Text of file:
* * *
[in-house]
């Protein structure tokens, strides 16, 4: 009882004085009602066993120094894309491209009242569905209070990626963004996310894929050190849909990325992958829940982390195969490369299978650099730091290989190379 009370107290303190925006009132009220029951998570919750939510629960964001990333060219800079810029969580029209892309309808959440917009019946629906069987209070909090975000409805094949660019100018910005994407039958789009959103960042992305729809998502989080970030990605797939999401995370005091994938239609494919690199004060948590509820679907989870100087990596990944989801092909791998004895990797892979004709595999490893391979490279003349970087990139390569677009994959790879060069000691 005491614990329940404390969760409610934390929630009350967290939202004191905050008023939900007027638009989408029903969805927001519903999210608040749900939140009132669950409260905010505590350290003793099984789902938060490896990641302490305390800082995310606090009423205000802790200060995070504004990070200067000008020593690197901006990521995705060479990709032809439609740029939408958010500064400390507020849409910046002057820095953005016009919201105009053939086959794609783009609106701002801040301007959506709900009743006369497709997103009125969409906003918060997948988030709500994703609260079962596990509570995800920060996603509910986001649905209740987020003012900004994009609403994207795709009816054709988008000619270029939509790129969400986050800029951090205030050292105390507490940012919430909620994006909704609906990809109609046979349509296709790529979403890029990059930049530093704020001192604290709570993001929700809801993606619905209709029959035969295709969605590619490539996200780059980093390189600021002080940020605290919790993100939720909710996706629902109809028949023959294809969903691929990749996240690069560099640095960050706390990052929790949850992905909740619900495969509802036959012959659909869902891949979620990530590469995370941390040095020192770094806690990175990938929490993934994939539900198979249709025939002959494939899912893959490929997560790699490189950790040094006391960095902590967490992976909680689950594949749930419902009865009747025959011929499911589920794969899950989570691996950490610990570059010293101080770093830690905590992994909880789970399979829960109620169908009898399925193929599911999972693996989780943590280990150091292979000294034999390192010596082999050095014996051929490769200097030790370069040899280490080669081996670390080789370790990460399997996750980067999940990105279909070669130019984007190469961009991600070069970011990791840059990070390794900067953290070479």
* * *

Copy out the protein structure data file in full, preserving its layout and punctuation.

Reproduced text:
[in-house]
């Protein structure tokens, strides 16, 4: 009882004085009602066993120094894309491209009242569905209070990626963004996310894929050190849909990325992958829940982390195969490369299978650099730091290989190379 009370107290303190925006009132009220029951998570919750939510629960964001990333060219800079810029969580029209892309309808959440917009019946629906069987209070909090975000409805094949660019100018910005994407039958789009959103960042992305729809998502989080970030990605797939999401995370005091994938239609494919690199004060948590509820679907989870100087990596990944989801092909791998004895990797892979004709595999490893391979490279003349970087990139390569677009994959790879060069000691 005491614990329940404390969760409610934390929630009350967290939202004191905050008023939900007027638009989408029903969805927001519903999210608040749900939140009132669950409260905010505590350290003793099984789902938060490896990641302490305390800082995310606090009423205000802790200060995070504004990070200067000008020593690197901006990521995705060479990709032809439609740029939408958010500064400390507020849409910046002057820095953005016009919201105009053939086959794609783009609106701002801040301007959506709900009743006369497709997103009125969409906003918060997948988030709500994703609260079962596990509570995800920060996603509910986001649905209740987020003012900004994009609403994207795709009816054709988008000619270029939509790129969400986050800029951090205030050292105390507490940012919430909620994006909704609906990809109609046979349509296709790529979403890029990059930049530093704020001192604290709570993001929700809801993606619905209709029959035969295709969605590619490539996200780059980093390189600021002080940020605290919790993100939720909710996706629902109809028949023959294809969903691929990749996240690069560099640095960050706390990052929790949850992905909740619900495969509802036959012959659909869902891949979620990530590469995370941390040095020192770094806690990175990938929490993934994939539900198979249709025939002959494939899912893959490929997560790699490189950790040094006391960095902590967490992976909680689950594949749930419902009865009747025959011929499911589920794969899950989570691996950490610990570059010293101080770093830690905590992994909880789970399979829960109620169908009898399925193929599911999972693996989780943590280990150091292979000294034999390192010596082999050095014996051929490769200097030790370069040899280490080669081996670390080789370790990460399997996750980067999940990105279909070669130019984007190469961009991600070069970011990791840059990070390794900067953290070479």